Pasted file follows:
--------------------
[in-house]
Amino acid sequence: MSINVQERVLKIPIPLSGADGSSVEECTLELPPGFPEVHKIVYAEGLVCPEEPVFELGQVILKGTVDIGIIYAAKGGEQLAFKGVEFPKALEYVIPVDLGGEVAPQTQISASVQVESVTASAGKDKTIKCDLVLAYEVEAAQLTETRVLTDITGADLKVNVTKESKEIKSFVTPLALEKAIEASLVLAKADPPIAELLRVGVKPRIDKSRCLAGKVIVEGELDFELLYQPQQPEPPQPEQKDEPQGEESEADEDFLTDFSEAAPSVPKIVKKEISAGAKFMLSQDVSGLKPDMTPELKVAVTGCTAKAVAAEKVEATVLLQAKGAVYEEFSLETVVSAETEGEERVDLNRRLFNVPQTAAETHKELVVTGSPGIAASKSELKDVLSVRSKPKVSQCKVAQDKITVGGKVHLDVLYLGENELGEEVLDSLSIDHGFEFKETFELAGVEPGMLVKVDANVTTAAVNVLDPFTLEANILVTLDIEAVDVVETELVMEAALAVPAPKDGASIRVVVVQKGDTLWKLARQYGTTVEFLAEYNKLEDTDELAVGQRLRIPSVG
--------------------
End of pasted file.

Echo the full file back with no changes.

[in-house]
Amino acid sequence: MSINVQERVLKIPIPLSGADGSSVEECTLELPPGFPEVHKIVYAEGLVCPEEPVFELGQVILKGTVDIGIIYAAKGGEQLAFKGVEFPKALEYVIPVDLGGEVAPQTQISASVQVESVTASAGKDKTIKCDLVLAYEVEAAQLTETRVLTDITGADLKVNVTKESKEIKSFVTPLALEKAIEASLVLAKADPPIAELLRVGVKPRIDKSRCLAGKVIVEGELDFELLYQPQQPEPPQPEQKDEPQGEESEADEDFLTDFSEAAPSVPKIVKKEISAGAKFMLSQDVSGLKPDMTPELKVAVTGCTAKAVAAEKVEATVLLQAKGAVYEEFSLETVVSAETEGEERVDLNRRLFNVPQTAAETHKELVVTGSPGIAASKSELKDVLSVRSKPKVSQCKVAQDKITVGGKVHLDVLYLGENELGEEVLDSLSIDHGFEFKETFELAGVEPGMLVKVDANVTTAAVNVLDPFTLEANILVTLDIEAVDVVETELVMEAALAVPAPKDGASIRVVVVQKGDTLWKLARQYGTTVEFLAEYNKLEDTDELAVGQRLRIPSVG